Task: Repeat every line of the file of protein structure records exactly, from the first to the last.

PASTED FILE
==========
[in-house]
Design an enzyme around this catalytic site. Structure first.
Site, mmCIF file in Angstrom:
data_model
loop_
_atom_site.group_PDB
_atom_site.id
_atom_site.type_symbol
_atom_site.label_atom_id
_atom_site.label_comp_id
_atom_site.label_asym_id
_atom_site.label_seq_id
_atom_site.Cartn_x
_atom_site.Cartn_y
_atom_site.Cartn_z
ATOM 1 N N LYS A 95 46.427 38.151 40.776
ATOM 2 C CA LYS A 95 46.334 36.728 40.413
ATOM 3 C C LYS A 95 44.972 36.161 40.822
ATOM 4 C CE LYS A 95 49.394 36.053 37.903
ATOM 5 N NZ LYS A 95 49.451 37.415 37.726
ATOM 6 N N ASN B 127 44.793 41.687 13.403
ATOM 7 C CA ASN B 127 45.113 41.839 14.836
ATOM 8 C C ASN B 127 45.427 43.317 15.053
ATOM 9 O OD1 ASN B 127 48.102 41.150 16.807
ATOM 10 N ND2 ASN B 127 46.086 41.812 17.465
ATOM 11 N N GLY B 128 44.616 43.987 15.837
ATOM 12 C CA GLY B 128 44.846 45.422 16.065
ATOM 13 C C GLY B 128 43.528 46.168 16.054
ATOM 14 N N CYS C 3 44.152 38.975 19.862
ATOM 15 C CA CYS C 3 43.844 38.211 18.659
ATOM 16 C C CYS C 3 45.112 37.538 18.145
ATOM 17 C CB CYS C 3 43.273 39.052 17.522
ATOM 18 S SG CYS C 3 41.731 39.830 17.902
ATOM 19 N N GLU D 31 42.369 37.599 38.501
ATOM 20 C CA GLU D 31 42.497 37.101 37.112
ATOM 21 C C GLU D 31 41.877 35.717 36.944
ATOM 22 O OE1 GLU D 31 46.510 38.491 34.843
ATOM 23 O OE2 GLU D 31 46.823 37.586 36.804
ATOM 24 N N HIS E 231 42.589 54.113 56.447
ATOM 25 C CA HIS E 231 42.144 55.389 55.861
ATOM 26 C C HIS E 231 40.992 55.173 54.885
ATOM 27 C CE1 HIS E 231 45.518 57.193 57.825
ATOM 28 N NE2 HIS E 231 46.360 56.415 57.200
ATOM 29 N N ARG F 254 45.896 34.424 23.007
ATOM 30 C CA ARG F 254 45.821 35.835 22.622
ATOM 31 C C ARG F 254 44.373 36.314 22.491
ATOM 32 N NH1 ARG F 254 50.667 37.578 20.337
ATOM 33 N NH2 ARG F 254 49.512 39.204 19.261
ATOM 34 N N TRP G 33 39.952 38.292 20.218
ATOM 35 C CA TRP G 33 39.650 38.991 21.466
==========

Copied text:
[in-house]
Design an enzyme around this catalytic site. Structure first.
Site, mmCIF file in Angstrom:
data_model
loop_
_atom_site.group_PDB
_atom_site.id
_atom_site.type_symbol
_atom_site.label_atom_id
_atom_site.label_comp_id
_atom_site.label_asym_id
_atom_site.label_seq_id
_atom_site.Cartn_x
_atom_site.Cartn_y
_atom_site.Cartn_z
ATOM 1 N N LYS A 95 46.427 38.151 40.776
ATOM 2 C CA LYS A 95 46.334 36.728 40.413
ATOM 3 C C LYS A 95 44.972 36.161 40.822
ATOM 4 C CE LYS A 95 49.394 36.053 37.903
ATOM 5 N NZ LYS A 95 49.451 37.415 37.726
ATOM 6 N N ASN B 127 44.793 41.687 13.403
ATOM 7 C CA ASN B 127 45.113 41.839 14.836
ATOM 8 C C ASN B 127 45.427 43.317 15.053
ATOM 9 O OD1 ASN B 127 48.102 41.150 16.807
ATOM 10 N ND2 ASN B 127 46.086 41.812 17.465
ATOM 11 N N GLY B 128 44.616 43.987 15.837
ATOM 12 C CA GLY B 128 44.846 45.422 16.065
ATOM 13 C C GLY B 128 43.528 46.168 16.054
ATOM 14 N N CYS C 3 44.152 38.975 19.862
ATOM 15 C CA CYS C 3 43.844 38.211 18.659
ATOM 16 C C CYS C 3 45.112 37.538 18.145
ATOM 17 C CB CYS C 3 43.273 39.052 17.522
ATOM 18 S SG CYS C 3 41.731 39.830 17.902
ATOM 19 N N GLU D 31 42.369 37.599 38.501
ATOM 20 C CA GLU D 31 42.497 37.101 37.112
ATOM 21 C C GLU D 31 41.877 35.717 36.944
ATOM 22 O OE1 GLU D 31 46.510 38.491 34.843
ATOM 23 O OE2 GLU D 31 46.823 37.586 36.804
ATOM 24 N N HIS E 231 42.589 54.113 56.447
ATOM 25 C CA HIS E 231 42.144 55.389 55.861
ATOM 26 C C HIS E 231 40.992 55.173 54.885
ATOM 27 C CE1 HIS E 231 45.518 57.193 57.825
ATOM 28 N NE2 HIS E 231 46.360 56.415 57.200
ATOM 29 N N ARG F 254 45.896 34.424 23.007
ATOM 30 C CA ARG F 254 45.821 35.835 22.622
ATOM 31 C C ARG F 254 44.373 36.314 22.491
ATOM 32 N NH1 ARG F 254 50.667 37.578 20.337
ATOM 33 N NH2 ARG F 254 49.512 39.204 19.261
ATOM 34 N N TRP G 33 39.952 38.292 20.218
ATOM 35 C CA TRP G 33 39.650 38.991 21.466